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In recent years, the region has achieved impressive progress. Following one lost decade and two decades of huge effort, the majority of Latin American countries now have consolidated democracies, functioning public institutions, stable finances, economies that are open to trade flows and investment, and an increasing number of transnational enterprises.
It is a real pleasure to be back in Brasilia to launch “Investing in Youth: Brazil”. One of Brazil’s greatest assets is its relatively young population. But you can reap a demographic dividend only if the environment is right for harnessing the potential and the talents of the young generation.
One of Brazil’s greatest assets is its relatively young population; but you can reap a demographic dividend only if we create the conditions for harnessing the potential and the talents of this youth. High quality education remains the best engine of social progress and helps our young people find more and better jobs.
We are launching today our sixth Economic Survey of Brazil. Today Brazil has one of the world’s largest economies. Its economic growth has been reasonable, even though the global economy is still facing the problems created by the financial crisis and its recovery has been hesitant and uneven.
Nos urge elevar nuestra productividad, la generación de empleos formales, el nivel educativo y la calidad de los servicios públicos, entre otros, para que los beneficios del crecimiento se repartan con justicia. El impulso reformista de la región debe aspirar a un crecimiento incluyente y sostenible.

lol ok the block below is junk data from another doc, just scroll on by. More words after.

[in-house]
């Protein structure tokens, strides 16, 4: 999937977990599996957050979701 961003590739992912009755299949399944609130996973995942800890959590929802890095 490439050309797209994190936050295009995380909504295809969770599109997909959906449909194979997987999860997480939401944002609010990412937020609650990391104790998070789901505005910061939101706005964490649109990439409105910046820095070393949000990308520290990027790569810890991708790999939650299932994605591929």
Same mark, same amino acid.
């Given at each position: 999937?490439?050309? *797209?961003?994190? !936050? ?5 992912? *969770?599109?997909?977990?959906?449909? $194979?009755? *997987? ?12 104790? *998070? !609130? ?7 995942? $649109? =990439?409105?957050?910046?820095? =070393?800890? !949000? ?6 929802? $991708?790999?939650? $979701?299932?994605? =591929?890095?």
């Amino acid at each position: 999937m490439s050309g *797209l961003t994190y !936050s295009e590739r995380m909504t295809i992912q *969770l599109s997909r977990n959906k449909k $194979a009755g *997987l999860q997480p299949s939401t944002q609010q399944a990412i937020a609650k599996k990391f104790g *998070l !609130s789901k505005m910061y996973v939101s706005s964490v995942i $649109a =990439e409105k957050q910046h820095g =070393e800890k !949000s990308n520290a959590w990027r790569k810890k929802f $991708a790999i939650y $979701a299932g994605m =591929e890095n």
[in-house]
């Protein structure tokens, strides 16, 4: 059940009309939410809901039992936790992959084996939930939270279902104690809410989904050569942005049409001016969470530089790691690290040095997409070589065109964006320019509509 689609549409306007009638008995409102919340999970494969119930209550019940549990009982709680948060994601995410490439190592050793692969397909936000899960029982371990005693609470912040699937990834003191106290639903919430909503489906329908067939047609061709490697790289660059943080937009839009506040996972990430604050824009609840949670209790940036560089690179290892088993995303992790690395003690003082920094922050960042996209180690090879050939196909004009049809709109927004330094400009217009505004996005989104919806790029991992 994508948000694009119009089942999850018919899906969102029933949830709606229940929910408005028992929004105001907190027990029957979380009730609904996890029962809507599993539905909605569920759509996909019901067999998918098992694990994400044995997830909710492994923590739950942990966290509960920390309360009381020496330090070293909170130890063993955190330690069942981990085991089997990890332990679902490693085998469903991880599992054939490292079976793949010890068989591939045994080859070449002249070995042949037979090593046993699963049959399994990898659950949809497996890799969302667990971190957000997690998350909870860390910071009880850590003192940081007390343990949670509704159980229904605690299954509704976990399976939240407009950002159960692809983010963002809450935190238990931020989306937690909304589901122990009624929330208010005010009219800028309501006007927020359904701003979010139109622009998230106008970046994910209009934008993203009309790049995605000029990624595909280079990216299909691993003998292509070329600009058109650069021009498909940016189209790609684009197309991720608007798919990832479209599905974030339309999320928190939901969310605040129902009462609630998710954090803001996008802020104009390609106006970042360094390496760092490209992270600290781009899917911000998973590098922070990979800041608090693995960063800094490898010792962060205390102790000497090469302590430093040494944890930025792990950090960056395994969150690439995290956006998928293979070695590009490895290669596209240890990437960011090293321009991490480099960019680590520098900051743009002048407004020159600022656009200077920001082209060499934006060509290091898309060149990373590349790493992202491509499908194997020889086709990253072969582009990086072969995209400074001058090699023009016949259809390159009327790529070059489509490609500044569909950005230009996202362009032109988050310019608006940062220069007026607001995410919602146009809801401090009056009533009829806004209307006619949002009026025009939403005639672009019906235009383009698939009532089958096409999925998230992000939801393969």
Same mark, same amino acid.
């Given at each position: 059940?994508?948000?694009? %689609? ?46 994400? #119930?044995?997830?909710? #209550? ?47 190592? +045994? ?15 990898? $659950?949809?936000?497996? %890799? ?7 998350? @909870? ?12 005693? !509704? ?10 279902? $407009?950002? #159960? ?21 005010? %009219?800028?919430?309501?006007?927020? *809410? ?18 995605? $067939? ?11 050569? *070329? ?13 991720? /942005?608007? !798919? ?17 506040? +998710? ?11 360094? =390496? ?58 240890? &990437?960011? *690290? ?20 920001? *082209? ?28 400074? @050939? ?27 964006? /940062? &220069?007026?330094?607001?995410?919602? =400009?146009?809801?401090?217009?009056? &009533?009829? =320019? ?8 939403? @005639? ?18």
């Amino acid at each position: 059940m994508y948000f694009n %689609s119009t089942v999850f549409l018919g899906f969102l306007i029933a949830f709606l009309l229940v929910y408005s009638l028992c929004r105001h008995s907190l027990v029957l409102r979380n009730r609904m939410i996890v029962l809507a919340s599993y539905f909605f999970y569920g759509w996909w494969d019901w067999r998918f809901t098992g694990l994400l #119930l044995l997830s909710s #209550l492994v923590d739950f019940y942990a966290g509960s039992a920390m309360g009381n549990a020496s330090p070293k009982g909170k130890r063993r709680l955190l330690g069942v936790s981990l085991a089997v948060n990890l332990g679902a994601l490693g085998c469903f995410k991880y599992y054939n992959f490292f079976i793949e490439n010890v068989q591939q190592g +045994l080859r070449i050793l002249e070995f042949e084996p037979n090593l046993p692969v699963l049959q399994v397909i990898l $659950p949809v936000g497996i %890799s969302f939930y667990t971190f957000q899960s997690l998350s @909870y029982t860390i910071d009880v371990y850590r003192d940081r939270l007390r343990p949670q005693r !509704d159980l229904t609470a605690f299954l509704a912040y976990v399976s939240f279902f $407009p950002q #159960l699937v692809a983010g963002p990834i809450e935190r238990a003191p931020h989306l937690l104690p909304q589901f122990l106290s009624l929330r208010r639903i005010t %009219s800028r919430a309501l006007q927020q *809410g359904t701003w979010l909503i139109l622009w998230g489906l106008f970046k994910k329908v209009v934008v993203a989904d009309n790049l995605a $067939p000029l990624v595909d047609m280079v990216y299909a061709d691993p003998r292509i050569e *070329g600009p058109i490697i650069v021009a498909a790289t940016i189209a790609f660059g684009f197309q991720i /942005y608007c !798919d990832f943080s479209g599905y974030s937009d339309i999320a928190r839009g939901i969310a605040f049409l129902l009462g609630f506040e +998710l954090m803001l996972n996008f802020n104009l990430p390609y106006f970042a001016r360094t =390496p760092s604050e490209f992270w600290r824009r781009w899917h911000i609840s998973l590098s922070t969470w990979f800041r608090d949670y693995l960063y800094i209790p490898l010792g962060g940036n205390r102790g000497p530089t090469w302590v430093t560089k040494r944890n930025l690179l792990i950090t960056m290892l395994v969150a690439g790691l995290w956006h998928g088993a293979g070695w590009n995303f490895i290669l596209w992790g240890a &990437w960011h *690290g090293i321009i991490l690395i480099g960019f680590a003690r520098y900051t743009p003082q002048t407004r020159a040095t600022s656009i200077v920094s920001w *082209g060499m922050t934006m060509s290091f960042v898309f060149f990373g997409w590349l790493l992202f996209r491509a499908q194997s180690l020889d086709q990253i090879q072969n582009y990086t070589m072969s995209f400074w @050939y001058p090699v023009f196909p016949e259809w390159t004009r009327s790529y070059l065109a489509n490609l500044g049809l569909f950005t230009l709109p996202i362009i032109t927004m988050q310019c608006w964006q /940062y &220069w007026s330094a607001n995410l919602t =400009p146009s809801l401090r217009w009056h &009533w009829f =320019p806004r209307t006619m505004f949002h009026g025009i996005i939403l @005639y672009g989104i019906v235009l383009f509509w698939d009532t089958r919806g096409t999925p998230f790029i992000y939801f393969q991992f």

OECD Secretary-General Angel Gurría said that while OECD countries breathed a sigh of relief following the U.S. Congress’ steps to lift the debt ceiling and to end the partial federal government shutdown a longer term solution will need to be found.
The economic recovery is slowly gathering pace. Yet, rates of investment have been falling over the past decade and in many advanced countries are at historically low levels.
The pace of recovery in the major advanced economies has improved this year and growth in China appears to have passed a trough, but growth prospects now look weaker in several major emerging economies. A sustainable recovery is not yet firmly established and important risks remain.
We need to design a new vision, a new agenda and a unique post-2015 framework addressing economic, social and environmental challenges in a more integrated manner, said Angel Gurría, OECD Secretary-General and Erik Solheim, Chairman of the OECD Development Assistance Committee.
Growth rates in the major advanced economies picked up in the first half of 2013 and should be maintained through the second half of the year. Activity is expanding at an encouraging pace in North America, Japan and the United Kingdom, while the euro area as a whole is no longer in recession.